Leadership challenges vary by organization. Big organizations have different leadership challenges than small ones. Mature organizations have outgrown some of the leadership challenges that persist in newer organizations.
In general however this is the biggest leadership challenge facing all organizations today: finding tomorrow’s leaders.
No matter how effective a leader you may be, if you do not at least help find and develop your successor then you will not have completely succeeded as a leader. You may have accomplished great things as a leader but if your accomplishments do not outlast you then you will not be remembered as a great leader.
The best and most likely way to ensure your accomplishments outlast your tenure as the leader is to develop the next generation of leadership within your organization.
But that’s not as easy as it used to be for two main reasons.
The first reason is this: The average employee today stays at each of his or her jobs for 4.4 years, according to the most recent available data from the Bureau of Labor Statistics, but the expected tenure of the workforce’s youngest employees is about half that. In fact, ninety-one percent of Millennials (born between 1977-1997) expect to stay in a job for less than three years.
There are many reasons for this job-hopping behavior but the biggest seems to be speedy career advancement. Job-hopping allows many younger employees the opportunity to “promote” themselves without the “dues paying” that older employees endured.
This is NOT a knock on younger employees, they are every bit as committed, intelligent, and hard working as employees in any age group. They just (rightly) value life balance more than employees of older generations.
But job-hopping also gives them a skewered view of what Authentic Servant Leadership, real leadership, looks like. They see “slivers” of leadership but not the whole picture. They simply don’t stay in any one place long enough to become well developed leaders because they don’t stay anyplace long enough to develop a mentored relationship with an Authentic Leader. The more career moves they make the more gaps they are likely to have in their leadership ability.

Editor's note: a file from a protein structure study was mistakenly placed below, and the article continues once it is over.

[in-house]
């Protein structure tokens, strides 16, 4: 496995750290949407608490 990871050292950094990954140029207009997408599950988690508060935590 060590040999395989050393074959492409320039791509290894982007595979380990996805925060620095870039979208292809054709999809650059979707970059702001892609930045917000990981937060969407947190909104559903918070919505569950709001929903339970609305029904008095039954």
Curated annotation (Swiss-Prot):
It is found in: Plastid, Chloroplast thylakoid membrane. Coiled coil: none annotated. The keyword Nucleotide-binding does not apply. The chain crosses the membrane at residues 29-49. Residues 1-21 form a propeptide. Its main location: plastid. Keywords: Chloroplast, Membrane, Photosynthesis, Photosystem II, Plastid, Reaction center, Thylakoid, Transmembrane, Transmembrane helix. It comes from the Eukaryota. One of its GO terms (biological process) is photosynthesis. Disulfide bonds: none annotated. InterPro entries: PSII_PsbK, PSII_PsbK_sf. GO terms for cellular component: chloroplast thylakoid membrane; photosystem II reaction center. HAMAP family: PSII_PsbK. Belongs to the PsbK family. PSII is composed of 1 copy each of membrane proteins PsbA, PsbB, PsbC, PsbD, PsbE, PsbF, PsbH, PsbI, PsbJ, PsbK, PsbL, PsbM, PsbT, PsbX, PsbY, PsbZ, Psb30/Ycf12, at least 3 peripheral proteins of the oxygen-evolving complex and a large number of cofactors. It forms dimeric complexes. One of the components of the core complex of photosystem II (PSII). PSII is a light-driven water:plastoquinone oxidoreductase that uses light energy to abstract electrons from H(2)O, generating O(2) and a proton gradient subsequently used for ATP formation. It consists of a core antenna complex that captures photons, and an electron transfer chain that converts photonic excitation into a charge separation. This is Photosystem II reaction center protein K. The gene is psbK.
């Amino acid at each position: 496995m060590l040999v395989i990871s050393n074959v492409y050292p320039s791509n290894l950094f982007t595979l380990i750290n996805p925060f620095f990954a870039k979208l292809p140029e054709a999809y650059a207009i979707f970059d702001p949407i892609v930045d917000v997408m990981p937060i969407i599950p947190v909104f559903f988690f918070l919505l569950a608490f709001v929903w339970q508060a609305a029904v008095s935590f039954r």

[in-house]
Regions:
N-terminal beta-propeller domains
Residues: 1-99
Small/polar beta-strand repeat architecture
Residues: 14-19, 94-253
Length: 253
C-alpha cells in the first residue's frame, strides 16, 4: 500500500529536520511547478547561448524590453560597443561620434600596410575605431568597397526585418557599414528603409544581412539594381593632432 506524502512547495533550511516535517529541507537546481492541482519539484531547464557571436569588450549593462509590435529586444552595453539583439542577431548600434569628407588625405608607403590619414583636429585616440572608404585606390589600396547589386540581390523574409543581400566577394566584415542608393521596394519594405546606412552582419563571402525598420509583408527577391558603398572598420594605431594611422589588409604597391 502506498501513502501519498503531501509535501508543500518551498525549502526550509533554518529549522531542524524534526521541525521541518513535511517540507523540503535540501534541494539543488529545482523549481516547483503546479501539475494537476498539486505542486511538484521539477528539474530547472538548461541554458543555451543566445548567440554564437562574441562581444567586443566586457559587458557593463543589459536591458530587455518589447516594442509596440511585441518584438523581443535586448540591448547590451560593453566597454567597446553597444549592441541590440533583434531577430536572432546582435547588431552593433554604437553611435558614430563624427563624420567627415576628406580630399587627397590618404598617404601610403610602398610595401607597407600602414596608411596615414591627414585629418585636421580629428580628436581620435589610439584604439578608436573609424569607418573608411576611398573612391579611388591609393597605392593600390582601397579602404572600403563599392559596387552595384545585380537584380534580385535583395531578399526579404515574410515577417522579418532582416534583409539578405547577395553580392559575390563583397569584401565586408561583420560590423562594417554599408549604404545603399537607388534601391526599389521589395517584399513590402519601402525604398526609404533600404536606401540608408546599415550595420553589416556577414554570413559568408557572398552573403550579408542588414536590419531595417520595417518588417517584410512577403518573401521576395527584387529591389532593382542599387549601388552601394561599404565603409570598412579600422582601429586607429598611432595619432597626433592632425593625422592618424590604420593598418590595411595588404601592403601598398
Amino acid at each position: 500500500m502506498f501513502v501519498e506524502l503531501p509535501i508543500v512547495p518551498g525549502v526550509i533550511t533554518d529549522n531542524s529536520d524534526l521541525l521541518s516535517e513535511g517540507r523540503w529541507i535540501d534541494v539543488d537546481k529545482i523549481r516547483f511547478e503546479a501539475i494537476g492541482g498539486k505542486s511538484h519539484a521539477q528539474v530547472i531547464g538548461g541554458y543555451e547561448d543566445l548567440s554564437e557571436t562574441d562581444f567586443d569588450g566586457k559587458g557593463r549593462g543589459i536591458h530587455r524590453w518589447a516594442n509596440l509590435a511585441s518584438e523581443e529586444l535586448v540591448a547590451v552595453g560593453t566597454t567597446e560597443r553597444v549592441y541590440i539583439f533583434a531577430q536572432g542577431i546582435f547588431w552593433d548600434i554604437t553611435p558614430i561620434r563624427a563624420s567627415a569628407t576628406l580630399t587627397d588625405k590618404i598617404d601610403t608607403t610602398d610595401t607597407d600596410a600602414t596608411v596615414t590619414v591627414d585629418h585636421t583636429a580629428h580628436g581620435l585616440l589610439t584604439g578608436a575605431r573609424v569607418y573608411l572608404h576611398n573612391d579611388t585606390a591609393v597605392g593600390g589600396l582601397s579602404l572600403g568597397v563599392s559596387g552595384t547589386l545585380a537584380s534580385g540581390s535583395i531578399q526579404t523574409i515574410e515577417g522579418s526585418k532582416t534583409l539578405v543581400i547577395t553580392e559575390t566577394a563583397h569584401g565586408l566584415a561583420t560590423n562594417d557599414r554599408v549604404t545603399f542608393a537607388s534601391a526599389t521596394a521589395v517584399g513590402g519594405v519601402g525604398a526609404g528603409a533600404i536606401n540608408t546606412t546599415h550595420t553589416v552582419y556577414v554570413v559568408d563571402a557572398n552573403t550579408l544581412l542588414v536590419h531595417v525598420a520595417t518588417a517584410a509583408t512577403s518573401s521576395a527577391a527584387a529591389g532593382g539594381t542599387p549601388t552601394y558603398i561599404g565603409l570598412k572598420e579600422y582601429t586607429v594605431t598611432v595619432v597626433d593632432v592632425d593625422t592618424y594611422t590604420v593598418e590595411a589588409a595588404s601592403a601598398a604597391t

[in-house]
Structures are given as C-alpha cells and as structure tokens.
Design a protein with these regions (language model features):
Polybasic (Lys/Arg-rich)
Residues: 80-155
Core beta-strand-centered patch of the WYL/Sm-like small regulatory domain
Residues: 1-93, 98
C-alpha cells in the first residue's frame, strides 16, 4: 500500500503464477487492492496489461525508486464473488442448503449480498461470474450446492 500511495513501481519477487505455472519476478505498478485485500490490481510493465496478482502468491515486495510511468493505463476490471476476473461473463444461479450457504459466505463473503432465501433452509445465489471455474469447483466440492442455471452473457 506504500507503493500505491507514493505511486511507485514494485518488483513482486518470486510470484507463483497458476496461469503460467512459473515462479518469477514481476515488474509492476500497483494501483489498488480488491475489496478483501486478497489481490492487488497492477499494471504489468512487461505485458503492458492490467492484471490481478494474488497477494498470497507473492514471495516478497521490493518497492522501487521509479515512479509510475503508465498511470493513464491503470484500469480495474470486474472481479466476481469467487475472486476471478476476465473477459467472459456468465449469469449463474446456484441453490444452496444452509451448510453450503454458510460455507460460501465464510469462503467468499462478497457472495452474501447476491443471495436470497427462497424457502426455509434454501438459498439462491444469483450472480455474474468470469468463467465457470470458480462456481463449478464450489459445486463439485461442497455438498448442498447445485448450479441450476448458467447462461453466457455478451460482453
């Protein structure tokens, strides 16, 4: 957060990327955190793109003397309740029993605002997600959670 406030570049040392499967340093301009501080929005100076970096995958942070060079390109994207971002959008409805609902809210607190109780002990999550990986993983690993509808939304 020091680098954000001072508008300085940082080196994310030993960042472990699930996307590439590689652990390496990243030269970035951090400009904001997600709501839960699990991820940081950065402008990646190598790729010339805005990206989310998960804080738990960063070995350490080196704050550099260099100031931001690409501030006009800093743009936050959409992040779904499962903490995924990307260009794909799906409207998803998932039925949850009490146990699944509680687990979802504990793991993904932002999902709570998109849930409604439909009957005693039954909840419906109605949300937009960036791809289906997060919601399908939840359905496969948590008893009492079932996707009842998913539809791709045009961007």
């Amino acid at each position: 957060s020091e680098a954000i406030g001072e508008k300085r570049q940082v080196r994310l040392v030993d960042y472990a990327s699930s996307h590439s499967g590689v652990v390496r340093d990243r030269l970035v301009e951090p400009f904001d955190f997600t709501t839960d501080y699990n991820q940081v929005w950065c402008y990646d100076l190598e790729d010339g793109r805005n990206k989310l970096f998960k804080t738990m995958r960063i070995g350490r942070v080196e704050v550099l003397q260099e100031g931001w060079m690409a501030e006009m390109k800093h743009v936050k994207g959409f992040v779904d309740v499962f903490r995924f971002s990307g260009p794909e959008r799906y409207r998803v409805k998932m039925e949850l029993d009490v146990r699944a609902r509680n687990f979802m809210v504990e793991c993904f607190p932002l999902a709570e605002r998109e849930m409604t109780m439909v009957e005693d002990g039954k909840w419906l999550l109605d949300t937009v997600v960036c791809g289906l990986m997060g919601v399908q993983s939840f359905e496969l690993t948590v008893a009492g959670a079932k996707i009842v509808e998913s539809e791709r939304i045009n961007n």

Today’s leaders need to identify younger employees with leadership potential sooner and begin a mentoring relationship that will motivate them to see their potential where they are. Their personal motives are no different than any other generation; they NEED to know they matter and they need to know they can make a difference.
Far, far more employees will leave the workforce in the next 15 years than will join it. Organizations hoping for future success are unlikely to achieve it without a strong mentoring program that encourages future leaders to stay where they are at. It doesn’t matter whether you lead a huge organization or a 5 person company, you will be impacted by the shrinking workforce.
Don’t allow your organization to get behind the curve on this issue, put a mentoring program in place today.
In Part Two of “Today’s Biggest Leadership Challenge” we’ll look at the second issue hindering the development of future leaders, micro-managing. But for those of you who believe you are micro-managed don’t get your hopes up, you may be more responsible for this than you would like to admit.
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